A cyberattack on French television network TV5 Monde may have been carried out by Russia-based backers, investigators said Tuesday. Jihadist propaganda was posted on the network's website in April by individuals claiming to represent the IS group.
The “CyberCaliphate” attack that threatened French soldiers and shut down the Paris-based television network for hours was probably launched from computers in Russia, sources close to the investigation and TV5 Monde’s president said on Tuesday, confirming a report published by L’Express weekly.
The French magazine said clues pointed towards a group known as “Pawn Storm”, a term also used to refer to a multi-pronged attack in the computer hacking world.
The same group has previously targeted computer systems belonging to the While House, NATO members, Russian dissidents and Ukrainian activists, according to L’Express.
Messages in support of the Islamic State group were published on TV5 Monde’s website and on its social media accounts on the evening of April 8. The messages, published in English, French and Arabic, were threats against the families of French soldiers serving overseas.
TV5 Monde was forced to broadcast pre-recorded programmes after the hack, which it described as "unprecedented in the history of television".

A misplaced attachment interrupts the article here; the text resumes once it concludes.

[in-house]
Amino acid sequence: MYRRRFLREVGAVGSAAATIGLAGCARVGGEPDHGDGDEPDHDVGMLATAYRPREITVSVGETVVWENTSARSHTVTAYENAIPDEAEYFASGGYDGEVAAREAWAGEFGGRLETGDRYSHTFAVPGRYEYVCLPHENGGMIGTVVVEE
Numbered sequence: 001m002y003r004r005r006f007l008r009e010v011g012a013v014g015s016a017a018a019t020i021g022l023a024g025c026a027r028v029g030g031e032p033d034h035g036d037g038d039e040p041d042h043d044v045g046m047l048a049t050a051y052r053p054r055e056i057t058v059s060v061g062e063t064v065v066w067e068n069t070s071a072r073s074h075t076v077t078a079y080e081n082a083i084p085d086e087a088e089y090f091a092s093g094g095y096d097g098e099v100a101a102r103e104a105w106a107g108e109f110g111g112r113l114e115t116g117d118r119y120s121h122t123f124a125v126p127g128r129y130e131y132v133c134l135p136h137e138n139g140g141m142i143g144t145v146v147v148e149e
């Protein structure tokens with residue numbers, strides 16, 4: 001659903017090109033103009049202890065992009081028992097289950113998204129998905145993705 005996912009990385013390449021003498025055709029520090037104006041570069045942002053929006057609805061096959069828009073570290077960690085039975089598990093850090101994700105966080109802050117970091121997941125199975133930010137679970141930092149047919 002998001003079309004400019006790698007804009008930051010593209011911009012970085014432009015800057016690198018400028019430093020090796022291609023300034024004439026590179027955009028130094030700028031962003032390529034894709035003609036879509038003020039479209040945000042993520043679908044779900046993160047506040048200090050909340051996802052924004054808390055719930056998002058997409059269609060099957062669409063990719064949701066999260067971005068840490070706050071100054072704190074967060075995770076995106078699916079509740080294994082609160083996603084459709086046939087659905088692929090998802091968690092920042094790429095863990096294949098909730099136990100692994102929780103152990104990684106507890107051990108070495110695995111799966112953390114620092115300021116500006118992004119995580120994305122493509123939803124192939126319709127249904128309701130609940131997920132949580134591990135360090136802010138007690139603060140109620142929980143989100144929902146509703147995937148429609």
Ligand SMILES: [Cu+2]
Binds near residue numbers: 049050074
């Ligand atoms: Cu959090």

However, investigators discovered that the computer codes used in the attack were typed out on a Cyrillic keyboard during office hours in Moscow and St. Petersburg, L’Express wrote this week.
At the time of the cyberattack two months ago, FRANCE 24's Wassim Nasr, an expert on jihadist movements, expressed doubt over the authenticity of the attack’s links to the IS group, noting that messages in Arabic contained plenty of spelling and grammar mistakes.
Relations between France and Russia have been strained amid the ongoing armed conflict in eastern Ukraine and European sanctions against Moscow. Paris has recently decided not to deliver two Mistral warships that were ordered by Russia’s navy.
Date created : 2015-06-10